A woman in Singapore found a live worm in her raw fish rice bowl bought from Don Don Donki's 100 AM outlet, raising concerns about ingesting it.
In response to Mothership's queries, SFA said it adopts a "science-based risk assessment and management approach" that is "consistent with international standards".
SFA explained that food more susceptible to food-borne diseases is subjected to more stringent checks.
Food, including raw fish, is tested for a wide range of food-borne hazards, including microbial pathogens and parasites.
However, SFA stated that the industry must also practice proper cold chain management and hygienic handling of raw fish.
SFA warned that consumers who choose to eat ready-to-eat raw fish should be aware of the risks involved and that vulnerable people with lower immunity systems, such as pregnant women, children and the elderly, or people with chronic diseases such as diabetes, should not consume raw fish.
Worm called "Anisakis"
SFA did not comment on the nature of the translucent worm.
However, members of the public have stepped in to fill in the information void.
A Mothership reader, who claimed to have studied parasitology, said via Facebook comments that "those parasites won't harm you".
This was debunked by an expert, as well as official information by the United States Centers for Disease Control and Prevention (CDC).
In response to Mothership's queries, parasitologist Mackenzie Kwak, previously a scientist at the National University of Singapore, who is now based in Japan's Hokkaido university, said there could be issues for people who consume the worm.
He identified the worm as Anisakis, a marine roundworm occasionally found in raw marine fish.
Kwak said its final hosts are often fish eaters like dolphins or seals, in which the worm will mature into an adult.
Harmless? Not really.
On whether it is "harmless", Kwak said if a person consumes an anisakis-infected piece of raw fish, the worm might mistake the human for its final host and cause a disease known as anisakiasis.
Anisakiasis is not deadly, but as Kwak explained, it can be pretty painful: "The worm burrows into the wall of your digestive system."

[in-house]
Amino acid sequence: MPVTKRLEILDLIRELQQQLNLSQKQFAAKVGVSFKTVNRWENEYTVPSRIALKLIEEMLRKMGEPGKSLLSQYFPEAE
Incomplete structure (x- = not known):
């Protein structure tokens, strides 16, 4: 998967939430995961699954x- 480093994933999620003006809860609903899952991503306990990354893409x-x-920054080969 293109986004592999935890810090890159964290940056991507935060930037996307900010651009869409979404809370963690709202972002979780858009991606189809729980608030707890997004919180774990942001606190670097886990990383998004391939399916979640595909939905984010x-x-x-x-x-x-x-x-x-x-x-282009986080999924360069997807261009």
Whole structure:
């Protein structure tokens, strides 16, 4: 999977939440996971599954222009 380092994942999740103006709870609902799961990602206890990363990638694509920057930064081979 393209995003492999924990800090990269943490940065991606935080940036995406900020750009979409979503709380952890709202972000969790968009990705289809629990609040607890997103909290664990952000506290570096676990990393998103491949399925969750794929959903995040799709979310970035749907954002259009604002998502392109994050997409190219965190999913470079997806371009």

Kwak quipped that having a live worm found in their sashimi highlights how fresh Don Don Donki's sashimi is: "Good butchering practices ensure that worms rarely make it into sashimi, but mistakes occasionally occur."
The CDC said anisakiasis is a parasitic disease caused by anisakid nematodes that can invade the stomach wall or intestine of humans.
The transmission of this disease occurs when infective larvae are ingested from fish or squid that humans eat raw or undercooked.
In some cases, this infection is treated by removal of the larvae via endoscopy or surgery.
Don Don Donki setting up signs for awareness
In response to Mothership's queries, Don Don Donki Singapore said it maintains proper cold chain management and conduct visual checks throughout the handling process of raw seafood.
The company claimed to have made its best attempts to remove the parasites, but may not be able to remove them entirely if they are deeply embedded in the flesh.
Don Don Donki Singapore also said it hopes to raise awareness that parasites naturally thrive in aquatic environments, and it is not uncommon to find them in wild-caught fresh fishes and seafood.
As an added precautionary measure, Don Don Donki Singapore is also placing advisories near the product displays to raise awareness of such occurrences among shoppers.
Don Don Donki Singapore has also reached out to the customer who had made the complaint on Facebook.
Myth: Wasabi helps with parasites
Kwak also debunked the myth that consumers can protect themselves from parasites by spreading wasabi on raw fish before eating.
Unfortunately, Kwak says it's a myth, and wasabi does nothing to reduce the chances of a parasitic infection.
What consumers can all do, probably, is what the unfortunate diner warned about.